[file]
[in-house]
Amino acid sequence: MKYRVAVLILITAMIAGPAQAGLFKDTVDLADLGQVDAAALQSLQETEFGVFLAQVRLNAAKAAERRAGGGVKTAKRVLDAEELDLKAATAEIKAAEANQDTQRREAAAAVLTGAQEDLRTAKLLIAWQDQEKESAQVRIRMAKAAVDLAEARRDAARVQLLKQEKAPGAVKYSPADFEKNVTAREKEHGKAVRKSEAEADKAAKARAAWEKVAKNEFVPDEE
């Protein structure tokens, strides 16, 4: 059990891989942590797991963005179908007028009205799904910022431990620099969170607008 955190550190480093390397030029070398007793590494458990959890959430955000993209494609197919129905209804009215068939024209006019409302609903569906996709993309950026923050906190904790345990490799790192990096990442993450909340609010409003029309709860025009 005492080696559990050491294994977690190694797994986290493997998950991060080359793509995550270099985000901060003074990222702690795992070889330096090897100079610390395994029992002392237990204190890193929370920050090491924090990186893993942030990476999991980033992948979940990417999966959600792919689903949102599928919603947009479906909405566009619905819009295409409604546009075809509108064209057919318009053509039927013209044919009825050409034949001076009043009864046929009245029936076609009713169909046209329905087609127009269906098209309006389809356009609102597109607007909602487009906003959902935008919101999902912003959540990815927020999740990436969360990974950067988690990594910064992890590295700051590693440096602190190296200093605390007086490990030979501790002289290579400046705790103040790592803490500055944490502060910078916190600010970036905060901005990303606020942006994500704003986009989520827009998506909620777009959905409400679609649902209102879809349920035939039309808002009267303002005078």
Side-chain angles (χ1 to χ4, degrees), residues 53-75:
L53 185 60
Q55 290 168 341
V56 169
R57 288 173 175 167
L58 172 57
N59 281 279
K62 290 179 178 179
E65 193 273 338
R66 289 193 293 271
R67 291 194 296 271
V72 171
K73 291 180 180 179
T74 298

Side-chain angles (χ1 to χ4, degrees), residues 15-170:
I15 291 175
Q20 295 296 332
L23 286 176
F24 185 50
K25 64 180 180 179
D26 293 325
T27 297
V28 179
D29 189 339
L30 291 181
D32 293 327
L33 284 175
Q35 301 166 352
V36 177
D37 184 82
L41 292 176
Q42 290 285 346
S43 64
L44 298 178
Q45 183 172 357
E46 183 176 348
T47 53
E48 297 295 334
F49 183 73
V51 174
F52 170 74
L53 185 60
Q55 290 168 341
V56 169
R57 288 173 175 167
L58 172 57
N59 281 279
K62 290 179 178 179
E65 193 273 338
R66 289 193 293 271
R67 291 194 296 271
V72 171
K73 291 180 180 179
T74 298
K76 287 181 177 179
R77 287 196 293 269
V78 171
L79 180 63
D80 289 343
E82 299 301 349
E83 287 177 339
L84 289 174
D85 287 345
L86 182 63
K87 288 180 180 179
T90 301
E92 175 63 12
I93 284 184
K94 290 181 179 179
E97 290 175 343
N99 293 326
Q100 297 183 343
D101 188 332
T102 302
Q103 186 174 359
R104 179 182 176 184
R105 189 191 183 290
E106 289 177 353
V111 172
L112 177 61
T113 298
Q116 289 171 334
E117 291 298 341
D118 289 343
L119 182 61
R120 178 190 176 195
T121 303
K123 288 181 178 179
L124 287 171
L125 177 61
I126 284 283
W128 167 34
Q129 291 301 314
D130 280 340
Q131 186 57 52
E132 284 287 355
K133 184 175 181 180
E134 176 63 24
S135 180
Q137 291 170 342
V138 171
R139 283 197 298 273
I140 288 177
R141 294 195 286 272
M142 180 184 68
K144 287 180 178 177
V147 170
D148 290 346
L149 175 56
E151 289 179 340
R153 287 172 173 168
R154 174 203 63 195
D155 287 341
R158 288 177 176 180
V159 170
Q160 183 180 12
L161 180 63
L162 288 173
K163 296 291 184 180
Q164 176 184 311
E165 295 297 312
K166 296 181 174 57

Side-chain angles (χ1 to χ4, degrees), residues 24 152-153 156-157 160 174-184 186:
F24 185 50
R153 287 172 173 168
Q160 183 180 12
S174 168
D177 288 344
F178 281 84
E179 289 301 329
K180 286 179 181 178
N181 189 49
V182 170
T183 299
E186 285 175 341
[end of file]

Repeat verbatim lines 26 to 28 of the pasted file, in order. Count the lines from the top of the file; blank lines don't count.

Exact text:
V28 179
D29 189 339
L30 291 181